Probing ground state properties of the kagome antiferromagnetic Heisenberg model using the Variational Quantum Eigensolver
Finding and probing the ground states of spin lattices, such as the antiferromagnetic Heisenberg model on the kagome lattice (KAFH), is a very challenging problem on classical computers and only possible for relatively small systems. We propose using the Variational Quantum Eigensolver (VQE) to find the ground state of the KAFH on a quantum computer. We find efficient ansatz circuits and show how physically interesting observables can be measured efficiently. To investigate the expressiveness and scaling of our ansatz circuits we used classical, exact simulations of VQE for the KAFH for different lattices ranging from 8 to 24 qubits. We find that the fidelity with the ground state approaches one exponentially in the circuit depth for all lattices considered, except for a 24-qubit lattice with an almost degenerate ground state. We conclude that VQE circuits that are able to represent the ground state of the KAFH on lattices inaccessible to exact diagonalisation techniques may be achievable on near term quantum hardware. However, for large systems circuits with many variational parameters are needed to achieve high fidelity with the ground state.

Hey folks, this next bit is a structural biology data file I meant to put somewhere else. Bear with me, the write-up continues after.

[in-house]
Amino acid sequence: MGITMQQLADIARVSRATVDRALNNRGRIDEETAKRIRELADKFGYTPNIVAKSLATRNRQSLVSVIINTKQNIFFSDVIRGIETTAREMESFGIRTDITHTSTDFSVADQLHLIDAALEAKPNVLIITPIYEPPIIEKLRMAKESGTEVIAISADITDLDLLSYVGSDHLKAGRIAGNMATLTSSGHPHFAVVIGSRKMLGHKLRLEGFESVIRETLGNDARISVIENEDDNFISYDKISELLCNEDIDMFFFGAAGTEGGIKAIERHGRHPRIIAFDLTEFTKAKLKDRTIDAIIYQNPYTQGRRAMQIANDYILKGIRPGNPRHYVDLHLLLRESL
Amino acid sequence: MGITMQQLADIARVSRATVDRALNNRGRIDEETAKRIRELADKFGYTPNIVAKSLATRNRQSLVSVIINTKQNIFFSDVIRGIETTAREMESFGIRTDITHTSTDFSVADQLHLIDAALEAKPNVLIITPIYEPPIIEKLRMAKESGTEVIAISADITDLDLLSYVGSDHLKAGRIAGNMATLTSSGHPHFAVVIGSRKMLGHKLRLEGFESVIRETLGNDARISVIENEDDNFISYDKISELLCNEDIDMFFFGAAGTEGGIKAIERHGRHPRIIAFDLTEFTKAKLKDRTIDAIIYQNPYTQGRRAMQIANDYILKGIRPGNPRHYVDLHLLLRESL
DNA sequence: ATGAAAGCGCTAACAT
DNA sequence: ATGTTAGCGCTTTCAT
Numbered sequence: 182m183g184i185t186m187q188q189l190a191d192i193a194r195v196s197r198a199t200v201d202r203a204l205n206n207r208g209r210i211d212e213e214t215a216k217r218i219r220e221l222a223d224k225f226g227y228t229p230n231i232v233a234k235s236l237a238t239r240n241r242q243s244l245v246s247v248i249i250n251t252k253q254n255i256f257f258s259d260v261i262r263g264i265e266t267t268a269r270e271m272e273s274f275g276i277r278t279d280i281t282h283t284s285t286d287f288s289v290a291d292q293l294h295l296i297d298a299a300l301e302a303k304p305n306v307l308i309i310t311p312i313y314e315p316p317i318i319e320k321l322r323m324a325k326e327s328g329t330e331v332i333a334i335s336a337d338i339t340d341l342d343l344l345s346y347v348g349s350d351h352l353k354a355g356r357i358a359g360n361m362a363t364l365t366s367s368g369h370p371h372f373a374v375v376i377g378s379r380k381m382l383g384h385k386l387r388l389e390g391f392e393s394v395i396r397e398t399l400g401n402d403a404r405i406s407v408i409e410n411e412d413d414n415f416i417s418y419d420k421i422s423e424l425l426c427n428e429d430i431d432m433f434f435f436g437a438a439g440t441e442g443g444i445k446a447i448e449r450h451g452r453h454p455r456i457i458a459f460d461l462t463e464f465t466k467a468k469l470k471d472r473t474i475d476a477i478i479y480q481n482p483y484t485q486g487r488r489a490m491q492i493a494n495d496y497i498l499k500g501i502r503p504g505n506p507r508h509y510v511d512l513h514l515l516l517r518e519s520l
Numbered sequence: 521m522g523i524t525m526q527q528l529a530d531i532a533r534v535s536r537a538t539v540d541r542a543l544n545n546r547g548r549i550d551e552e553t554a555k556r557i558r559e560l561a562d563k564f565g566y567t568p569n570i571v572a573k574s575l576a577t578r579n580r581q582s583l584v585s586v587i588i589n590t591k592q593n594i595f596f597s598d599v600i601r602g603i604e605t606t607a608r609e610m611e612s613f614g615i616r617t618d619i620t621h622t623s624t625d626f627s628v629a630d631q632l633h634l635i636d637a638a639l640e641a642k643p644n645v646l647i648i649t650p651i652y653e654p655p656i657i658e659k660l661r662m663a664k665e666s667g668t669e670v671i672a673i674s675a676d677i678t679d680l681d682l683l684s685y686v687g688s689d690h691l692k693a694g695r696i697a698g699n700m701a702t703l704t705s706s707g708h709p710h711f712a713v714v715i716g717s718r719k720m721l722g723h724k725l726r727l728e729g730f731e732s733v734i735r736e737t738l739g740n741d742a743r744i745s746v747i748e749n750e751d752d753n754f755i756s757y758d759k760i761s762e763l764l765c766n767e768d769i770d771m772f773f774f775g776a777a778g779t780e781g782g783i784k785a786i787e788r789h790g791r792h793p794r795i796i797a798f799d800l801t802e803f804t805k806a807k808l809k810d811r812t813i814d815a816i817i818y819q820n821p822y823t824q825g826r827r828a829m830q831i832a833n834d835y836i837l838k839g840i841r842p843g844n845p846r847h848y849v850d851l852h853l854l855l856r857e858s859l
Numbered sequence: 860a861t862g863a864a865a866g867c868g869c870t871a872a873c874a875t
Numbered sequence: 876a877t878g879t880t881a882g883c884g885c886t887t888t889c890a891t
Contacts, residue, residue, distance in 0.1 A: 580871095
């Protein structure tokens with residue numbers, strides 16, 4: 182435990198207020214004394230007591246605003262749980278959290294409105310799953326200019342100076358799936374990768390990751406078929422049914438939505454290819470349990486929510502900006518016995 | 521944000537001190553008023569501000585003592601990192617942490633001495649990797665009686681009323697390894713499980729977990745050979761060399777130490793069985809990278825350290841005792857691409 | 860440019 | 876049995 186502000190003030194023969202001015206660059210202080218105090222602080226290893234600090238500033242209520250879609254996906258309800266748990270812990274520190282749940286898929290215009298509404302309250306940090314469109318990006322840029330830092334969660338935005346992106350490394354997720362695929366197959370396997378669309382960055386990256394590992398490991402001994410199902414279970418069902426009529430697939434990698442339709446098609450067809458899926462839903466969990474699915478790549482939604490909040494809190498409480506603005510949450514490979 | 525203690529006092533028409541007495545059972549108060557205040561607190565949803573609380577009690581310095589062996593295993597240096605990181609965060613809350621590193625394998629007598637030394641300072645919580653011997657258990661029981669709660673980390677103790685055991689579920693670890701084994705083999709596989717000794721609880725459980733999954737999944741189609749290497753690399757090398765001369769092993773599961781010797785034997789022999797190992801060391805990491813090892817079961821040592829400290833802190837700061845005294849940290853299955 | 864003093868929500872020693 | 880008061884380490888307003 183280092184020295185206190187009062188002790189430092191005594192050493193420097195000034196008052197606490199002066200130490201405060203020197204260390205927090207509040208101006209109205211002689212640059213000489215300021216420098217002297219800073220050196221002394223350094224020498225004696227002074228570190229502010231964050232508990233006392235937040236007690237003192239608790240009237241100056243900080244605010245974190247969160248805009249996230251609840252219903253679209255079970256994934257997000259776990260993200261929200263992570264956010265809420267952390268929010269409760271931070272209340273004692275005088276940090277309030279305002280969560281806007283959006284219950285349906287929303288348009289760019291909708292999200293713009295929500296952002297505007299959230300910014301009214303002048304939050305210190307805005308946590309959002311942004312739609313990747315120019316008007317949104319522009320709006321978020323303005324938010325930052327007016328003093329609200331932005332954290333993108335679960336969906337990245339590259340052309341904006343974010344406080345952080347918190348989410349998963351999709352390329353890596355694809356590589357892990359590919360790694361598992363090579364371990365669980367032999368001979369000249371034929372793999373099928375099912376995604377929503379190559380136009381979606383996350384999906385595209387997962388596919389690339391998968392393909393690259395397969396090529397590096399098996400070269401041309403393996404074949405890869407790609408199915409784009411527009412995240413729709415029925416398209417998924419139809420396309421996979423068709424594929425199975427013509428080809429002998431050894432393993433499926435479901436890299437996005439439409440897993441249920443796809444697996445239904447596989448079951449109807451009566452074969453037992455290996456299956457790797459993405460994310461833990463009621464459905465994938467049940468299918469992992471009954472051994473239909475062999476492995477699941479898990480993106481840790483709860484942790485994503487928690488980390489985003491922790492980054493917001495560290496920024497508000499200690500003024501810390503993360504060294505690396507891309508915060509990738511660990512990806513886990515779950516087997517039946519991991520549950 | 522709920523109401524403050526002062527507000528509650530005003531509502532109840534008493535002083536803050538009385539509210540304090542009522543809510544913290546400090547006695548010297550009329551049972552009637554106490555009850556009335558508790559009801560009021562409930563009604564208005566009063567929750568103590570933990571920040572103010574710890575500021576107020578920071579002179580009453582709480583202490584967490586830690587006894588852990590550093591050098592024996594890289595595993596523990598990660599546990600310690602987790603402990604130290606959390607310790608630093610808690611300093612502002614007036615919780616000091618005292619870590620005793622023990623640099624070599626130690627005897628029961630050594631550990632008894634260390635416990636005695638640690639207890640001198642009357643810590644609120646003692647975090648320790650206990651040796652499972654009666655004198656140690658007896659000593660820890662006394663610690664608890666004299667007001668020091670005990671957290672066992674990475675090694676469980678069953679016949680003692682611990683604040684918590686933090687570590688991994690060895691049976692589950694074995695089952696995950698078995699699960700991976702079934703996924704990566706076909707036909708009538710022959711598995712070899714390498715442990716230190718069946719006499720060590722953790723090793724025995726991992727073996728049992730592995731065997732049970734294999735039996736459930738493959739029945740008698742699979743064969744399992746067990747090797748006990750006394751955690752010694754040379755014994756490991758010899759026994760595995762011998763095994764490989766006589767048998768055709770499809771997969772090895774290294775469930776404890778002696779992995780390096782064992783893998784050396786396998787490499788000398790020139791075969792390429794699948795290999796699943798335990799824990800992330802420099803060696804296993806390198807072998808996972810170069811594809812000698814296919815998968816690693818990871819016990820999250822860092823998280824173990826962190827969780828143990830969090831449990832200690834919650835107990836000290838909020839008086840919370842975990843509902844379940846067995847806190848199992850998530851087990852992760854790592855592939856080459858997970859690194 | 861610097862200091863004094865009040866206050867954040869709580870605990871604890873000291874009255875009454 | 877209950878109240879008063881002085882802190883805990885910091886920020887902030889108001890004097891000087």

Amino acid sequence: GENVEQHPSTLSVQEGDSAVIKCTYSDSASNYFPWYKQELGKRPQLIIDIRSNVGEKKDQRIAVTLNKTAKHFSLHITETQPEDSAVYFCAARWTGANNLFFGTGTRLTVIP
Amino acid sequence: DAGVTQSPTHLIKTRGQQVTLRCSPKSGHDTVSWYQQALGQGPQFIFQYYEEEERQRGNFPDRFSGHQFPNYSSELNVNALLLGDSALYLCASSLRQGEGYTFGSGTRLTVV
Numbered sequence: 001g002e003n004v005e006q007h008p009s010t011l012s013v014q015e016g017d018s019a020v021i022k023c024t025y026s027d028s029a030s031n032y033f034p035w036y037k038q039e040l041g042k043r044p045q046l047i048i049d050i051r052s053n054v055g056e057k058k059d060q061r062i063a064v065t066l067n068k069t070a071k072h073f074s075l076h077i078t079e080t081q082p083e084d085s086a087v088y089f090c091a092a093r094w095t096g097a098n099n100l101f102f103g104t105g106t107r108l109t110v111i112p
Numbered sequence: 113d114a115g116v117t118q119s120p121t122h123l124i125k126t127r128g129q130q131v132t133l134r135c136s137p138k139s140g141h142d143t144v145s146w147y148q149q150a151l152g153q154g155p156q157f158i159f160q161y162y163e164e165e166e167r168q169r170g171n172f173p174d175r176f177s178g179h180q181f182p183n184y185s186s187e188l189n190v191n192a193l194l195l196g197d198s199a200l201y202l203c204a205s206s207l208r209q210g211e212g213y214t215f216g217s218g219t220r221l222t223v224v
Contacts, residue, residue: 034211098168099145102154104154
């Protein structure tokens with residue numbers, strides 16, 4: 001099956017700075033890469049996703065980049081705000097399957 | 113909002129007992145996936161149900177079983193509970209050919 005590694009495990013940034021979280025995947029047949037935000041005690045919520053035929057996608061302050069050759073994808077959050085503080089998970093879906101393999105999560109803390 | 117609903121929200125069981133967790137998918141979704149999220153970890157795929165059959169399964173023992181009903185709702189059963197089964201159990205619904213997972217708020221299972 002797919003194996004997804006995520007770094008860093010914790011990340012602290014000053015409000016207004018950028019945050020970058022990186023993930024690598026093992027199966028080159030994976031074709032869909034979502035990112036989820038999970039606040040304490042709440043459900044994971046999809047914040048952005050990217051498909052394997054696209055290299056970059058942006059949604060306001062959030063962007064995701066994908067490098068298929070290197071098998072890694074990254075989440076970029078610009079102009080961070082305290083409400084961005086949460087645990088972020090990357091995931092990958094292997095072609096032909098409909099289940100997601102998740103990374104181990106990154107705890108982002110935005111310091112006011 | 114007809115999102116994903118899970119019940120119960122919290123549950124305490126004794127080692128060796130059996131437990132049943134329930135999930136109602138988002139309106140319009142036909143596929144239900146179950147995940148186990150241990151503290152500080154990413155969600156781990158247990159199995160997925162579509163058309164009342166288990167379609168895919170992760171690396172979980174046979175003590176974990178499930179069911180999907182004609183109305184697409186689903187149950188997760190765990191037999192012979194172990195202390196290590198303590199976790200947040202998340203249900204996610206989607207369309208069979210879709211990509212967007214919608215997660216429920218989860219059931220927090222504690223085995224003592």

Solving the Hubbard model using density matrix embedding theory and the variational quantum eigensolver
Calculating the ground state properties of a Hamiltonian can be mapped to the problem of finding the ground state of a smaller Hamiltonian through the use of embedding methods. These embedding techniques have the ability to drastically reduce the problem size, and hence the number of qubits required when running on a quantum computer. However, the embedding process can produce a relatively complicated Hamiltonian, leading to a more complex quantum algorithm. In this paper we carry out a detailed study into how density matrix embedding theory (DMET) could be implemented on a quantum computer to solve the Hubbard model. We consider the variational quantum eigensolver (VQE) as the solver for the embedded Hamiltonian within the DMET algorithm. We derive the exact form of the embedded Hamiltonian and use it to construct efficient ansatz circuits and measurement schemes. We conduct detailed numerical simulations up to 16 qubits, the largest to date, for a range of Hubbard model parameters and find that the combination of DMET and VQE is effective for reproducing ground state properties of the model.